`ŌLELO HAWAI`I:The Hawaiian Language
ORAL TRADITIONS• Oral traditions were of the  utmost importance  – Mea oli  – Ho`opa`a hula  – Kūkālā  – Ha`i mo`olelo  – ...
KUMULIPO• Mele ko`ihonua or  genealogical chant• Over 2100 lines long• Echoes the complexities  and details of the Hawaiia...
HĀLAU/`OHANA• Hālau and `ohana  helped to preserve the  language by  maintaining traditions  from generation to  generation
HAWAIIAN LANGUAGE           TODAY• Hawaiian language  revitalization movement• 425,000 Native  Hawaiians  – Of that, appro...
KA PĪ`ĀPĀ5 vowels:   A   E    I    O   U8 consonants:  H     K L      M N     P    W ʻ He     Ke La    Mu Nu   Pi   We ʻok...
ʻOKINA• The `okina is a glottal stop. In other words, it  cuts or separates vowel sounds.• ʻ is the appropriate mark for t...
KAHAKŌ• The kahakō (-) elongates the vowel over which  it is placed• Listen to the difference in the following pairs  of w...
IMPORTANCE OF         ʻOKINA AND KAHAKŌ• Omission or unnecessary inclusion of ʻokina  and/or kahakō can drastically change...
I ka ʻ ōlelo nō ke ola,I ka ʻ ōlelo nō ka make     Life is in speech;     death is in speech
Olelo hawaii
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Olelo hawaii

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  • Mai ka waha aku a i ka pepeiao a pa`a ho`i ma ka na`au – From the mouth to the ear and then affixed within the soul. In the days before the written alphabet came to Hawai`i, the history and traditions of the Hawaiian people were handed down by word of mouth. Oral traditions to the lāhui or Hawaiian people were of the utmost importance. It is through the voices of the mea oli (chanter), ho`opa`a hula (musician), kūkālā (announcer), ha`i mo`olelo (story teller) and haku mo`olelo (song composer) that traditions, ceremonies, processes and information were passed down from generation to generation until today.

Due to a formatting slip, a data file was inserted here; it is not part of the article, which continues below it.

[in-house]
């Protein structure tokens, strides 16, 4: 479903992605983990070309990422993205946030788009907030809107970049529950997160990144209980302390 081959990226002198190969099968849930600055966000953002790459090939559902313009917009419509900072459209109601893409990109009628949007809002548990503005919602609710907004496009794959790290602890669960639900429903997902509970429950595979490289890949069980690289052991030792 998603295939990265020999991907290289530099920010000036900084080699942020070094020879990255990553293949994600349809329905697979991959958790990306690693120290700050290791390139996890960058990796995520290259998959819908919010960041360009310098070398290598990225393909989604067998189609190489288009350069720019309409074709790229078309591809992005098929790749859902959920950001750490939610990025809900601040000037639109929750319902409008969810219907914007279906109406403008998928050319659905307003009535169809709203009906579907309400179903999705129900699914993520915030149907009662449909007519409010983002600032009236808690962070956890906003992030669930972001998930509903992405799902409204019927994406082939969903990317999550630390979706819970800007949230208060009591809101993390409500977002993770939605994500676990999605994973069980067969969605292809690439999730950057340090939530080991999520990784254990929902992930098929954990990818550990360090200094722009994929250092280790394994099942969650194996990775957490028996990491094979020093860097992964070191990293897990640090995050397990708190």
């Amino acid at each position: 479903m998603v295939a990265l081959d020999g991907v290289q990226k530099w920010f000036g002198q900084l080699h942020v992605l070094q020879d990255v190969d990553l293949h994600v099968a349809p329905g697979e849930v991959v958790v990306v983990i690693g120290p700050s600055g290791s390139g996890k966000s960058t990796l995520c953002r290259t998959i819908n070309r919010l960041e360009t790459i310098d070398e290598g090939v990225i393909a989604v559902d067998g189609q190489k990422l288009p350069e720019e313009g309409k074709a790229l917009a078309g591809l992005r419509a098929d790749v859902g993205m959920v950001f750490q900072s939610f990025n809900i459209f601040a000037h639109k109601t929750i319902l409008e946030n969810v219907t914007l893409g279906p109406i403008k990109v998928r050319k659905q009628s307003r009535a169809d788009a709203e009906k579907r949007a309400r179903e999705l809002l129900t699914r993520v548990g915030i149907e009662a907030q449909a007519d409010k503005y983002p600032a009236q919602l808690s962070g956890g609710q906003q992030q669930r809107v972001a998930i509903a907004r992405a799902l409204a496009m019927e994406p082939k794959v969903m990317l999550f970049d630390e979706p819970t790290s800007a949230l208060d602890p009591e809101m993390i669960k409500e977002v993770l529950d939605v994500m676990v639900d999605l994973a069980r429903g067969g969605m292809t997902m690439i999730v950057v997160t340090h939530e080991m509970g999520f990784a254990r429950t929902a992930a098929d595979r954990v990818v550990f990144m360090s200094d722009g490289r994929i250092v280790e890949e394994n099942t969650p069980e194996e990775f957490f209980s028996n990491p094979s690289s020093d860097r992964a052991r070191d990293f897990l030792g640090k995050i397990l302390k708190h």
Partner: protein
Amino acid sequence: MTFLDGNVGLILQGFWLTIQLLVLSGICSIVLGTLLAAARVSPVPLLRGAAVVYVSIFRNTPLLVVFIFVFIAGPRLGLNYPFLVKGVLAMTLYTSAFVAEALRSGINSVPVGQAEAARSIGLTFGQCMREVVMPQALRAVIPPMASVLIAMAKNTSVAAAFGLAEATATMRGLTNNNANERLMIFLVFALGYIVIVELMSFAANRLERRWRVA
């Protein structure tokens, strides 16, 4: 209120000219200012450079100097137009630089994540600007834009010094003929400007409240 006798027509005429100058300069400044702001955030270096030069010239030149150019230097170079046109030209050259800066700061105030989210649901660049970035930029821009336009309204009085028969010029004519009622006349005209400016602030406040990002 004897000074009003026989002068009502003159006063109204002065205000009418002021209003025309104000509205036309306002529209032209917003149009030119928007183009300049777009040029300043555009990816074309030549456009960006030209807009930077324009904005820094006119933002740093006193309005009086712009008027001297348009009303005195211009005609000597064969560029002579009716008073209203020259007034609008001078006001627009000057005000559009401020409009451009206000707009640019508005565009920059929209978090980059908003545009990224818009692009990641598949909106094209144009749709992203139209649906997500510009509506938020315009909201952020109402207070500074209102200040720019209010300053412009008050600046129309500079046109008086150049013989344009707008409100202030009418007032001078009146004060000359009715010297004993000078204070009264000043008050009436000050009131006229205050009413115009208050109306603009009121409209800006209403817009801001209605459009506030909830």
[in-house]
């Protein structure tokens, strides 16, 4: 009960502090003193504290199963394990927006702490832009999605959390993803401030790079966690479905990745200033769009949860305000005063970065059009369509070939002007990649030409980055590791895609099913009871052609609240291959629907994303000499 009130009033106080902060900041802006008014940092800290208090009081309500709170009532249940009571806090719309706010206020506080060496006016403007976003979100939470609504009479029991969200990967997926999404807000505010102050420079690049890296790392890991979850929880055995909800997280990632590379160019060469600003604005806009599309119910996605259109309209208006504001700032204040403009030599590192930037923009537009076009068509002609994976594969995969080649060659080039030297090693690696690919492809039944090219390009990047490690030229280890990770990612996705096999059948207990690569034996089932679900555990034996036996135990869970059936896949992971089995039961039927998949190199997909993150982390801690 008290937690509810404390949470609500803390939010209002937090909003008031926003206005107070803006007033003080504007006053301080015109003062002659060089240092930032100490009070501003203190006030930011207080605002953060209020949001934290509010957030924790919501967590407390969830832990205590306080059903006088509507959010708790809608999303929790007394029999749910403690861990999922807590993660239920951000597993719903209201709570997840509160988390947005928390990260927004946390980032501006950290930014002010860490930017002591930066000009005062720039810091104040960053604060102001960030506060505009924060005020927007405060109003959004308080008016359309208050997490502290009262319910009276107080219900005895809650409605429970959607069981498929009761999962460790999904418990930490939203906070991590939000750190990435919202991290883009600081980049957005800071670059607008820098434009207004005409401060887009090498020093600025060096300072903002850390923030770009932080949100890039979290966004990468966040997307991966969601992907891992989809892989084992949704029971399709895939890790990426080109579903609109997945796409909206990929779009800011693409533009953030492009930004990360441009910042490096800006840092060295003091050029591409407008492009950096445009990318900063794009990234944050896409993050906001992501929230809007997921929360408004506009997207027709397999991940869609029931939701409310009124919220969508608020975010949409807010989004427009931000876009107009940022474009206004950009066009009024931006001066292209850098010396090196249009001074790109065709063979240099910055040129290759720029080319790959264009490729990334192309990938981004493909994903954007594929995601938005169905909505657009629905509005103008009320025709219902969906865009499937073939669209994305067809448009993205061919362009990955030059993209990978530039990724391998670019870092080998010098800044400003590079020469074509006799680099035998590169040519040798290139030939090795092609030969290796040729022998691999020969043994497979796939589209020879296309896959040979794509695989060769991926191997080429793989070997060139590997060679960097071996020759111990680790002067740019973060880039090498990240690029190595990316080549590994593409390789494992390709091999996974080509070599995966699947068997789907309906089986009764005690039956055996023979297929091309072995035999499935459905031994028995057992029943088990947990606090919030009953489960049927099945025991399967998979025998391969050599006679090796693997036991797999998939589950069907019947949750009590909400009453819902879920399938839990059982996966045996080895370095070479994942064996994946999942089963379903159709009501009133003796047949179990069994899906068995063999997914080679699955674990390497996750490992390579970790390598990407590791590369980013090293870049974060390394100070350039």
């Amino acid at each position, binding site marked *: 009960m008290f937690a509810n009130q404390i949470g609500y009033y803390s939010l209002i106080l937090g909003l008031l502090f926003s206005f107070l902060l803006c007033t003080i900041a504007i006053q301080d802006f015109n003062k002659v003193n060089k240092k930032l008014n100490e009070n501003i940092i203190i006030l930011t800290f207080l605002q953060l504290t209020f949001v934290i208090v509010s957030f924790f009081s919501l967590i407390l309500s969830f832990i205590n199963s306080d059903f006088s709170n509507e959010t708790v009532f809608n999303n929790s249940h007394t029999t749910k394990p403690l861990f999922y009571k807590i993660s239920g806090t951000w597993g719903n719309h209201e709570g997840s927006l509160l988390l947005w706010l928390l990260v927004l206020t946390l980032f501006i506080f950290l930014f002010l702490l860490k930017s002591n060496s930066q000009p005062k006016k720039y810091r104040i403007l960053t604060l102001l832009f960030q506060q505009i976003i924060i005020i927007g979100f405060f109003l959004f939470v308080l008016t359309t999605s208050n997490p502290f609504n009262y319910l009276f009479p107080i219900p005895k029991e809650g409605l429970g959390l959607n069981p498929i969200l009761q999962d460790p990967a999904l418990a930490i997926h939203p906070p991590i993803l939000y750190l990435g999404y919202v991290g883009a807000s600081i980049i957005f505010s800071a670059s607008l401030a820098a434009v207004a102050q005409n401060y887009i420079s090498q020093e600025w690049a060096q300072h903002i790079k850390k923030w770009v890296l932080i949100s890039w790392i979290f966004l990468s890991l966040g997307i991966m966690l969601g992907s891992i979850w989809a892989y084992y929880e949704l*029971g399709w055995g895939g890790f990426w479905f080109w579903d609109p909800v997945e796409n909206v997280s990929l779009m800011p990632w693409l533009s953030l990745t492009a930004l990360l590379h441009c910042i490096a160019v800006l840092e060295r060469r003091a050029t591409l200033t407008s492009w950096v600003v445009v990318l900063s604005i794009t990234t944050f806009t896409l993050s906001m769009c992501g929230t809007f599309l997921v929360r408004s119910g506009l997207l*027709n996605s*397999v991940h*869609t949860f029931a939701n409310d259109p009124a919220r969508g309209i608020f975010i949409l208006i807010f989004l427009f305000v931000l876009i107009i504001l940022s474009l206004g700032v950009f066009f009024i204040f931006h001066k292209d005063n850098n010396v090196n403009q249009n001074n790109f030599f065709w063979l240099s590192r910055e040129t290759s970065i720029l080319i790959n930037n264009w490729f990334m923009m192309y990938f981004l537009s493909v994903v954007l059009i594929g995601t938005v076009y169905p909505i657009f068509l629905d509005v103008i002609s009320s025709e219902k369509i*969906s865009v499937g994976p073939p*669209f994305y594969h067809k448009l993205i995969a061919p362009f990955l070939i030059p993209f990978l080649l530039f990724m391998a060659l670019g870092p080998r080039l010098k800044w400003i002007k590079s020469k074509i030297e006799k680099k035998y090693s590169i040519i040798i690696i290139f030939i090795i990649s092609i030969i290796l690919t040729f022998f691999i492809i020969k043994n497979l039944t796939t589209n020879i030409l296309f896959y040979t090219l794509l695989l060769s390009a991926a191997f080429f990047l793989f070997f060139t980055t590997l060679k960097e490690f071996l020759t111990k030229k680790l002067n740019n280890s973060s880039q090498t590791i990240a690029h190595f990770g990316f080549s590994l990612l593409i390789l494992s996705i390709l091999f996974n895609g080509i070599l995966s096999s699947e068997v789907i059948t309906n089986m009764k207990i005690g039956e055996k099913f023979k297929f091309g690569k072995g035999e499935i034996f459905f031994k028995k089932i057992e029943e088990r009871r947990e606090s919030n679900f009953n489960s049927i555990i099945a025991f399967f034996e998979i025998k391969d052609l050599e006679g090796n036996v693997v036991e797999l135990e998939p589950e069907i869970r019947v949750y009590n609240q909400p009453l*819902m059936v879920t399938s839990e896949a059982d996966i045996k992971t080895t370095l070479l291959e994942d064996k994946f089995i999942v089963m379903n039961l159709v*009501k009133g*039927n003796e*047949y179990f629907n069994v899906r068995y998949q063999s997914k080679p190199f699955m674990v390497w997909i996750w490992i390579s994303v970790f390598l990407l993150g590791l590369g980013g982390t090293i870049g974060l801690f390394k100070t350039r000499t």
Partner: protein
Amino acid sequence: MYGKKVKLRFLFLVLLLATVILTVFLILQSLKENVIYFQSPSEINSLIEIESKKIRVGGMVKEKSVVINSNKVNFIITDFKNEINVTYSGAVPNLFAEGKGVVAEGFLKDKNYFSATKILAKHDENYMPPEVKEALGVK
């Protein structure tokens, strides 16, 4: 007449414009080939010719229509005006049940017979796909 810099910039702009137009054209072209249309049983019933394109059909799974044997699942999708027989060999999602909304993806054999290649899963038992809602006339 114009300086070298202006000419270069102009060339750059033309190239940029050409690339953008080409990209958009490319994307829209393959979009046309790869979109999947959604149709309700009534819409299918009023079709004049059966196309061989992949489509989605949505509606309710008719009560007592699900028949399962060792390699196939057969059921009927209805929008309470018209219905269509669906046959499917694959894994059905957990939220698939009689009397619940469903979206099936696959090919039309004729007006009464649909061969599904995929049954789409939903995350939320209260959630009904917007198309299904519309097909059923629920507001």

• Olelo hawaii

    1. 1. `ŌLELO HAWAI`I:The Hawaiian Language
    2. 2. ORAL TRADITIONS• Oral traditions were of the utmost importance – Mea oli – Ho`opa`a hula – Kūkālā – Ha`i mo`olelo – Haku mele/mo`olelo
    3. 3. KUMULIPO• Mele ko`ihonua or genealogical chant• Over 2100 lines long• Echoes the complexities and details of the Hawaiian thought process and perspective
    4. 4. HĀLAU/`OHANA• Hālau and `ohana helped to preserve the language by maintaining traditions from generation to generation
    5. 5. HAWAIIAN LANGUAGE TODAY• Hawaiian language revitalization movement• 425,000 Native Hawaiians – Of that, approximately 10% claim to speak Hawaiian – Approximately 2% claim to be mānaleo or native speakers
    6. 6. KA PĪ`ĀPĀ5 vowels: A E I O U8 consonants: H K L M N P W ʻ He Ke La Mu Nu Pi We ʻokina
    7. 7. ʻOKINA• The `okina is a glottal stop. In other words, it cuts or separates vowel sounds.• ʻ is the appropriate mark for the ʻokina (looks like an open-ended quote). ’ (an apostrophe) is not acceptable as it serves a different function.• Listen to the difference in the following pairs of words: – hao haʻo – koe koʻe – kou koʻu – mai maʻi
    8. 8. KAHAKŌ• The kahakō (-) elongates the vowel over which it is placed• Listen to the difference in the following pairs of words: – uliuli `ulī`ulī – maka māka – kala kālā
    9. 9. IMPORTANCE OF ʻOKINA AND KAHAKŌ• Omission or unnecessary inclusion of ʻokina and/or kahakō can drastically change the meaning of a word as in the following examples: – pau completed; done; finished – paʻu soot – paʻū moist; damp – pā’ū skirt – kala a type of fish – kālā money – ka lā the sun
    10. 10. I ka ʻ ōlelo nō ke ola,I ka ʻ ōlelo nō ka make Life is in speech; death is in speech

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